While the recent United Airlines’ passenger incident (I’m not touching that topic, folks) has dominated the news, there’s another hot topic in the airline blogging world: a sudden distaste for American Airlines’ AAdvantage. So why is it so popular to dislike American Airlines lately? I’m still trying to figure that one out.

It’s not as if there’s been any major changes to American’s AAdvantage program in the last few months. And many long-time loyalists to American Airlines are jumping on the bandwagon of discontent. Perhaps all it takes is one prominent blogger to vent about an airline to stir the pot and get every frequent flyer riled up.

First, there are a few valid reasons for travelers to be a bit disappointed with American Airlines and the AAdvantage program in the last year or so:

  • American officially went to a revenue-based earning system in late 2016 (following Delta and United)
  • American Airlines added minimum spend requirements to all levels of elite status for 2017, with weak credit card spend waivers
  • Systemwide upgrades for top tier Executive Platinum status were cut from 8 to 4 for achieving this status
  • Awards availability on American flights has been recently poor but this varies on what you’re trying to book. This is difficult to truly quantify,  but premium cabin long-haul redemptions on American’s own flights has always been challenging.

The overwhelming theme is that all of the major carriers have reduced the benefits of their elite status programs and dramatically raised their mileage needed for award redemptions. I hate to see negative changes to any frequent flyer program but these programs are designed to serve airline’s profitability, not serve the interests of travel “hackers”.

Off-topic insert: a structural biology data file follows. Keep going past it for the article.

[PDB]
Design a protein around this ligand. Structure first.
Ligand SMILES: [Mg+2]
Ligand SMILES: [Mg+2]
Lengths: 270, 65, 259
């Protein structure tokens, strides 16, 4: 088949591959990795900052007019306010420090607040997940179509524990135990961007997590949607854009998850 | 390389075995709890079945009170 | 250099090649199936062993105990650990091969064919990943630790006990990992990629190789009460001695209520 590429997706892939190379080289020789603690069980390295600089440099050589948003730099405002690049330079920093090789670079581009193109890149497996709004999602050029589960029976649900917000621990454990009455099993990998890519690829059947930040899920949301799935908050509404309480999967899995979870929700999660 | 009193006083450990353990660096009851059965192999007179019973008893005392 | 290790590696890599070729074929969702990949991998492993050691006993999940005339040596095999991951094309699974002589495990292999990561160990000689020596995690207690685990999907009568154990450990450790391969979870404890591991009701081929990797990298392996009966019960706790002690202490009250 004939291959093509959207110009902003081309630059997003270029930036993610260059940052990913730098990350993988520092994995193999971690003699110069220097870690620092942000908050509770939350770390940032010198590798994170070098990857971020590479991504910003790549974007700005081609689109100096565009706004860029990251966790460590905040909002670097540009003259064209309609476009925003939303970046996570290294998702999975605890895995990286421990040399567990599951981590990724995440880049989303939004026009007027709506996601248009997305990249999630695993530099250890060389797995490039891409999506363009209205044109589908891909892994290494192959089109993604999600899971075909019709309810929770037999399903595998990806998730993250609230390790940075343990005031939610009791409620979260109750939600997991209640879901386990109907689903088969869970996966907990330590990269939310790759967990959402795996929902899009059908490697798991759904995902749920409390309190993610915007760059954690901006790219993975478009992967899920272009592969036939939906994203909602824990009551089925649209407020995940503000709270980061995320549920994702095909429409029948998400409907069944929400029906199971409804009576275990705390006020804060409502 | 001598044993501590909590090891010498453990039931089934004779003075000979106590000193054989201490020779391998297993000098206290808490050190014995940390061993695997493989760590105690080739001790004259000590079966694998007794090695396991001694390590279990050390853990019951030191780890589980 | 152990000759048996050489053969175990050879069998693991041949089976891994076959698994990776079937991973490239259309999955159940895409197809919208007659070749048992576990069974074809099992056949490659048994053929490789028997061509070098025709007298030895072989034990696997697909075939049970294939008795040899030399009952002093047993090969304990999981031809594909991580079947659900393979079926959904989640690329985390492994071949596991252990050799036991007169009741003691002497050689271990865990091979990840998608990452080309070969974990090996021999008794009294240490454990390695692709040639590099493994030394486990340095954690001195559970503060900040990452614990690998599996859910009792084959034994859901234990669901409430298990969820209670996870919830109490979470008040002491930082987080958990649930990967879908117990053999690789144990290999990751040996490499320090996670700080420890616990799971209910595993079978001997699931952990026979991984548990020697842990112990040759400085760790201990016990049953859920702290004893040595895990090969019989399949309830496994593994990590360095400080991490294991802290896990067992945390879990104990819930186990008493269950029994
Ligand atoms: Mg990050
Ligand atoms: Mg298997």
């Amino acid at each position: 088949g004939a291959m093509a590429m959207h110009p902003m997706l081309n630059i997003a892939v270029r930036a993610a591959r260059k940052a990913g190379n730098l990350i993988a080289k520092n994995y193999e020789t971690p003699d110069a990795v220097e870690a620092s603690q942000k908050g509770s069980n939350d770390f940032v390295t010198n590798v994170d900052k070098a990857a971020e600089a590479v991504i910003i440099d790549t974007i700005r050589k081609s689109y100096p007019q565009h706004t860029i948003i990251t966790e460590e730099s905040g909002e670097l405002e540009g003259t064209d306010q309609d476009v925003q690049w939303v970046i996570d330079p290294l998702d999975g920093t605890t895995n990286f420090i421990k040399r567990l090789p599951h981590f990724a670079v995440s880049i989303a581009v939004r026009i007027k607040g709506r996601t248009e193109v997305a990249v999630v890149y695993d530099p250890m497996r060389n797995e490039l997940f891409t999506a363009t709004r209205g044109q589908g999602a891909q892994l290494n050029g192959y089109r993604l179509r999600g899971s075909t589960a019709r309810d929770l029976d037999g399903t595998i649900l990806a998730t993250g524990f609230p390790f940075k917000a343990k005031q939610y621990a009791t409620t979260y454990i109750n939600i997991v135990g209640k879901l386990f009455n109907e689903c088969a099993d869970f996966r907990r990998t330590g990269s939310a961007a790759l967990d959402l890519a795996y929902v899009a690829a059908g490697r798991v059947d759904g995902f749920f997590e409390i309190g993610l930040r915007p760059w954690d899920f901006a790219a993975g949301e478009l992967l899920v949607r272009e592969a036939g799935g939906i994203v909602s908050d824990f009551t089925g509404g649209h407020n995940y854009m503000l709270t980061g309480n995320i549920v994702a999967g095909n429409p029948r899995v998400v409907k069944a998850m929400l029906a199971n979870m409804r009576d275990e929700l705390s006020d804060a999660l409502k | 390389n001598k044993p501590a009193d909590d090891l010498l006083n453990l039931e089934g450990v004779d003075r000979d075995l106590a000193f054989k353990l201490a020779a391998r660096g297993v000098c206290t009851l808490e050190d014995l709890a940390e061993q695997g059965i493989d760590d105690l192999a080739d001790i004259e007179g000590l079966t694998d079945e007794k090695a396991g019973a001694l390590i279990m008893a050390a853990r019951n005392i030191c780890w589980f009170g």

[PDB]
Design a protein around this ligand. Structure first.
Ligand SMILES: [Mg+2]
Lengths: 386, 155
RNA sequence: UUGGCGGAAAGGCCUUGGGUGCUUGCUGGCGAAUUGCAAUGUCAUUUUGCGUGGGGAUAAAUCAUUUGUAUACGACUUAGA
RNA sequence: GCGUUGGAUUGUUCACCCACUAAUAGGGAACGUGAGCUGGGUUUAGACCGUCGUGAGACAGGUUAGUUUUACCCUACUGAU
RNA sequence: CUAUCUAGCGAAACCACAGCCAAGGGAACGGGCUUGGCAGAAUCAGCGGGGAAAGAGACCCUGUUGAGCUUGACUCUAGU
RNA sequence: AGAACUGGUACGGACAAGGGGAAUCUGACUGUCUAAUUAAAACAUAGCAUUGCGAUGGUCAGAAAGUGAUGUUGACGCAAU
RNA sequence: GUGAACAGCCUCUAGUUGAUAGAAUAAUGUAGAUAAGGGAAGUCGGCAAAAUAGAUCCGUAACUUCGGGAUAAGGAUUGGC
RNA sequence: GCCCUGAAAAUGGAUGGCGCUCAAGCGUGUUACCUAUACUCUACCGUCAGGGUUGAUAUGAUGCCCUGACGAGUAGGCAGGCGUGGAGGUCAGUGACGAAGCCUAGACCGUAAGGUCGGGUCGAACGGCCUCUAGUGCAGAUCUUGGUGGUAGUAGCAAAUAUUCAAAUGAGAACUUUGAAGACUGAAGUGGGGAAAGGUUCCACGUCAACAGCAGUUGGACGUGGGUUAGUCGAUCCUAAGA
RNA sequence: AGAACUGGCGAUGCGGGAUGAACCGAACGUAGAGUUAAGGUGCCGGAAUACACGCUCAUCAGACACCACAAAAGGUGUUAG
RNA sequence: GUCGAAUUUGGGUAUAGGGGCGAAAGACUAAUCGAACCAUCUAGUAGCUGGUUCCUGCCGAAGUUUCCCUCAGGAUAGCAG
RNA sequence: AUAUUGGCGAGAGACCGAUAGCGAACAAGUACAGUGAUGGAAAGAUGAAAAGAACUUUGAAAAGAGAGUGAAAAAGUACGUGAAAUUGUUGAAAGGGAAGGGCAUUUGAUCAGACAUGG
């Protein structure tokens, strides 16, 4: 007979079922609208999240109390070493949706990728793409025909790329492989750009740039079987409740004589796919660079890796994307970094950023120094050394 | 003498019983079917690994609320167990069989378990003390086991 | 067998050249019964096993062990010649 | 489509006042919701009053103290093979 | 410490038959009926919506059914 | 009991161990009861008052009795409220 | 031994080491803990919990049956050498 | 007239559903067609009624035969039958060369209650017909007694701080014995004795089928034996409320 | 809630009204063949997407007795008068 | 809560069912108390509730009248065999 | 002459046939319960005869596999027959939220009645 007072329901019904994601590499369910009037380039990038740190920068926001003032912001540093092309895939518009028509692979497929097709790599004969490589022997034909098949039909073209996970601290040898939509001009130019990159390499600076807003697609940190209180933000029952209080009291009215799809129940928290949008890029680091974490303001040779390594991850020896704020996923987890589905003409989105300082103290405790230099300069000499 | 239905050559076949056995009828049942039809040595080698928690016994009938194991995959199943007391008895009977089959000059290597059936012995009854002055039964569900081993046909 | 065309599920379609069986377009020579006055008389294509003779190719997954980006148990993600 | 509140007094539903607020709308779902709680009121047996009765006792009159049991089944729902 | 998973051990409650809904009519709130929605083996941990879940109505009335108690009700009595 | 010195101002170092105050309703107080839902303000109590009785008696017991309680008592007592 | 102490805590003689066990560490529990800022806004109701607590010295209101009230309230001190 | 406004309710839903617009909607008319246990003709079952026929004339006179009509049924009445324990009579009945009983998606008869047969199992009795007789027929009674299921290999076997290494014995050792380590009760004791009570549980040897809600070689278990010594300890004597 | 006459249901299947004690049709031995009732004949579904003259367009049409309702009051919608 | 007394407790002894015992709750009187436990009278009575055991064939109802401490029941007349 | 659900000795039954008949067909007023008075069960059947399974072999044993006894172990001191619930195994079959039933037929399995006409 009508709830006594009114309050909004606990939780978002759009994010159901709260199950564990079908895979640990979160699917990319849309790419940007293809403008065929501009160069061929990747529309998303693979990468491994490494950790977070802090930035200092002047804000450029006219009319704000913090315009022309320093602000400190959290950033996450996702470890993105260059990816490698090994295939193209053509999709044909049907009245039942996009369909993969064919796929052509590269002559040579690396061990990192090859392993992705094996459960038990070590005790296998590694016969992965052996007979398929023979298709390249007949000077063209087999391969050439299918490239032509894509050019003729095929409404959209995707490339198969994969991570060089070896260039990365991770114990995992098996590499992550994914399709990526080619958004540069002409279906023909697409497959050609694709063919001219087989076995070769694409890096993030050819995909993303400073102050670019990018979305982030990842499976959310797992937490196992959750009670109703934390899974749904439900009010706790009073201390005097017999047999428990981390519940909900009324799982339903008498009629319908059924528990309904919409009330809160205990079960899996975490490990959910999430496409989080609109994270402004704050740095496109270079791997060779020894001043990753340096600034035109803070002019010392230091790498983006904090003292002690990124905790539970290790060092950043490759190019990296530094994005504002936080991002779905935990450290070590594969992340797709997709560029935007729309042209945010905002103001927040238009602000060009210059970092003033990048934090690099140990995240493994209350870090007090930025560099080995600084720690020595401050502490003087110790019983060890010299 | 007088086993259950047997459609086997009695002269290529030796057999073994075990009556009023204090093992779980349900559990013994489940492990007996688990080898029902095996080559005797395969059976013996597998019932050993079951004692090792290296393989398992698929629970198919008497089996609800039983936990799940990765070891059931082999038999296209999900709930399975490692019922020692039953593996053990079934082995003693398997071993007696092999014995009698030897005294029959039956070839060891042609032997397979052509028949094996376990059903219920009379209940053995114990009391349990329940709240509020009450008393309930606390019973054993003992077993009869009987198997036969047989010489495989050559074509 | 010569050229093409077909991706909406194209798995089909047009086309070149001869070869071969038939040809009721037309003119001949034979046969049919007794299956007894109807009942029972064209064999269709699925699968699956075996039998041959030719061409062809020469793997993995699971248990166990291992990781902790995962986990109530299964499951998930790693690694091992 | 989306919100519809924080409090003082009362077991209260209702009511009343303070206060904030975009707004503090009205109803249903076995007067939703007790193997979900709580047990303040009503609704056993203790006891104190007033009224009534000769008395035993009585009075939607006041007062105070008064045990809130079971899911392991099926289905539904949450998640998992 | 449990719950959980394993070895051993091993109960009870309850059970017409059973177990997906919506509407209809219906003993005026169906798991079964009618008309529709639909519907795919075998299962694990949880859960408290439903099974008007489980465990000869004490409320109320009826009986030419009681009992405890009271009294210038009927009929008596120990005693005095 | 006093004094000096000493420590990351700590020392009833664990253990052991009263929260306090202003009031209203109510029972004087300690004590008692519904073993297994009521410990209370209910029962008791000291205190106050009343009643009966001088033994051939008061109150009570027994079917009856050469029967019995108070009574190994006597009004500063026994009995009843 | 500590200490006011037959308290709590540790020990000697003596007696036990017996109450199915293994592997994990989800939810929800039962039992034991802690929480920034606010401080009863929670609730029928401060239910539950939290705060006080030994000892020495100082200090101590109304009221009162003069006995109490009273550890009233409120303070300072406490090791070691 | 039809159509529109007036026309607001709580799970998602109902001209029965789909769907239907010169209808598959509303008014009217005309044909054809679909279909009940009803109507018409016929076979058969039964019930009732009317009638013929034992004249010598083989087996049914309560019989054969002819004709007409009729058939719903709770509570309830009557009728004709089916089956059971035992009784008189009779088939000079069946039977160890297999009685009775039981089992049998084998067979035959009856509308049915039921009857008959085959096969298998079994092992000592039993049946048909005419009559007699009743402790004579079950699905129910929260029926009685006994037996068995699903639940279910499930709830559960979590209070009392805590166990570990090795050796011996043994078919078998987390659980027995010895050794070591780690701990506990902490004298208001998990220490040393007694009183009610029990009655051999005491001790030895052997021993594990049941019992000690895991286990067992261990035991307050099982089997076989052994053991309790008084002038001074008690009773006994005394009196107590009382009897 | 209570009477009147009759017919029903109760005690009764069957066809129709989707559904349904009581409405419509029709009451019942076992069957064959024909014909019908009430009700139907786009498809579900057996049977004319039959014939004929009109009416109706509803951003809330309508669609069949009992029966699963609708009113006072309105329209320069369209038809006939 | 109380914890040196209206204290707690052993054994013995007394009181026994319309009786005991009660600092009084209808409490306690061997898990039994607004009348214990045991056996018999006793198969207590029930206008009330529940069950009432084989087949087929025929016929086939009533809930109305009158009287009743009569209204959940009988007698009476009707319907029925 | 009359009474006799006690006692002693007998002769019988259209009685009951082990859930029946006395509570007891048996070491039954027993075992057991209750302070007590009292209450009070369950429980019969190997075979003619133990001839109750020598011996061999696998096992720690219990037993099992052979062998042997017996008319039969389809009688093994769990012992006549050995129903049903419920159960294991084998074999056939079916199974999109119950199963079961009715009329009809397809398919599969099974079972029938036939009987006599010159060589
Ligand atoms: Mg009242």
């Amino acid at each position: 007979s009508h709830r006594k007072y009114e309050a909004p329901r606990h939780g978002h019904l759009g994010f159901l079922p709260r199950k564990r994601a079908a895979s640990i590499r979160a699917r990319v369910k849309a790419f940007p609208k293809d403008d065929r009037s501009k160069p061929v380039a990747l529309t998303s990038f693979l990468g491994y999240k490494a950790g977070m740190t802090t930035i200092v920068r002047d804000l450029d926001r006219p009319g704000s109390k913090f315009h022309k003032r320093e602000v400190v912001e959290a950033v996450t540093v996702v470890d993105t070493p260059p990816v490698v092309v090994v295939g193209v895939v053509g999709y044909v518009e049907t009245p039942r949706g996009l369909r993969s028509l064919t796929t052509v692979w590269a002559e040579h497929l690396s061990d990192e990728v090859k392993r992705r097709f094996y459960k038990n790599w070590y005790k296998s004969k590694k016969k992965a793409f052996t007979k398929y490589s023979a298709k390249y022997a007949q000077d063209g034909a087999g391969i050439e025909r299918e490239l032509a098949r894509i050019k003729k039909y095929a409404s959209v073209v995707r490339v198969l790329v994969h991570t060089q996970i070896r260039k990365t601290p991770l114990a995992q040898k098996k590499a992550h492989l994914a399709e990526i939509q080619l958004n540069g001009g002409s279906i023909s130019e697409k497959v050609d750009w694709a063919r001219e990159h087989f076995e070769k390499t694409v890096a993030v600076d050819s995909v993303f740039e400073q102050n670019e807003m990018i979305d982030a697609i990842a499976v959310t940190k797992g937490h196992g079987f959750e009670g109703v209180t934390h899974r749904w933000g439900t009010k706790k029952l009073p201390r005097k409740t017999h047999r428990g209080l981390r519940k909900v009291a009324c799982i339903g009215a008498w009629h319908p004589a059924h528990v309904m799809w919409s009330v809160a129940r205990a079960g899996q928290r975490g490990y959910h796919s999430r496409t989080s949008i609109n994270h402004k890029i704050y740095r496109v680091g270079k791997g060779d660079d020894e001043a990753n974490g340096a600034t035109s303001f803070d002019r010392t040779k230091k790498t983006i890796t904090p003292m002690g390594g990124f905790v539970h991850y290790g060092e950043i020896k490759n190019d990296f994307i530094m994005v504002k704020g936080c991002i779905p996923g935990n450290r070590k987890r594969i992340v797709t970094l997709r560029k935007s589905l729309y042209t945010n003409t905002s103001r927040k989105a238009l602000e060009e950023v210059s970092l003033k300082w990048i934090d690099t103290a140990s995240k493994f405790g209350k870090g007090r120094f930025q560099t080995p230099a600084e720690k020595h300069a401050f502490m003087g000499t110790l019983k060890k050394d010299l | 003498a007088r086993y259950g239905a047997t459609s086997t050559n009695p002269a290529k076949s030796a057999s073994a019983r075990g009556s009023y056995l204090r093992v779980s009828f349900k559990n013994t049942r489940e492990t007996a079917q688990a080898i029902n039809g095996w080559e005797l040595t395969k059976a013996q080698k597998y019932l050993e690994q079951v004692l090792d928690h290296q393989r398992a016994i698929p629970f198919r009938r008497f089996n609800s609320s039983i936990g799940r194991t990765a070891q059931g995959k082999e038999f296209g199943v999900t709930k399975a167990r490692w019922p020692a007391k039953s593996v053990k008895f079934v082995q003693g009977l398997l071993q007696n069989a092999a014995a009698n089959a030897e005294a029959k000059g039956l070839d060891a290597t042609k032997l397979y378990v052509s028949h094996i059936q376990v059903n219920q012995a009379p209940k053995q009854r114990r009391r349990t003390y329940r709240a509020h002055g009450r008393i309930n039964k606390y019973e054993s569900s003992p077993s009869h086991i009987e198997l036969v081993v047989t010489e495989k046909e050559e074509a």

Due to the success of the airlines and their consistent profitability, airlines have been less dependent on attracting lucrative frequent flyers with rich elite status benefits. This could certainly change if the economy sours or the airline business weakens due to market conditions or high fuel prices.

This is absolutely not unique to American Airlines. The Big 3 carriers all went to a revenue based earnings model by 2016. Delta has removed award charts and increased their award redemption rates dramatically. United continues to lag behind in overall passenger experience and increased partner award redemptions. American has has some of the weakest award redemption availability.

But here’s why I continue to be loyal to American Airlines:

  • I’m based in Dallas and with DFW as American’s home and largest hub, the nonstop network out of DFW is a huge convenience
  • American has done a fantastic job since the merger with US Airways to update their fleet with new planes and a moderate refresh of the legacy US Airways fleet.
  • The premium cabin experience greatly exceeds that of United and is on par with Delta (in my experience)
  • My upgrade ratio still approaches 75% as an Executive Platinum. Even on battleground routes like DFW to LAX.
  • The AAdvantage program still represents a good value if you’re a traveler with moderate flexibility.
  • The miles required to book on partner airlines premium cabins is still less than that of Delta or United
  • I like the Oneworld alliance. I’m very keen on JAL, Cathay Pacific, and Finnair. And while not everyone is fond of British Airways, I’m actually a fan.

In the end, travelers are going to have their own perceptions about their favorite and least favorite airline. But all things summed, nearly all frequent flyer program are about equal. One must pick and choose what is most important to them.  It may be convenience, award redemptions, upgrades, or whatever else is important to their travel experience. Call me an American Airlines loyalist and defender but I’m not ready to cry a river over AAdvantage just yet.

Pin It on Pinterest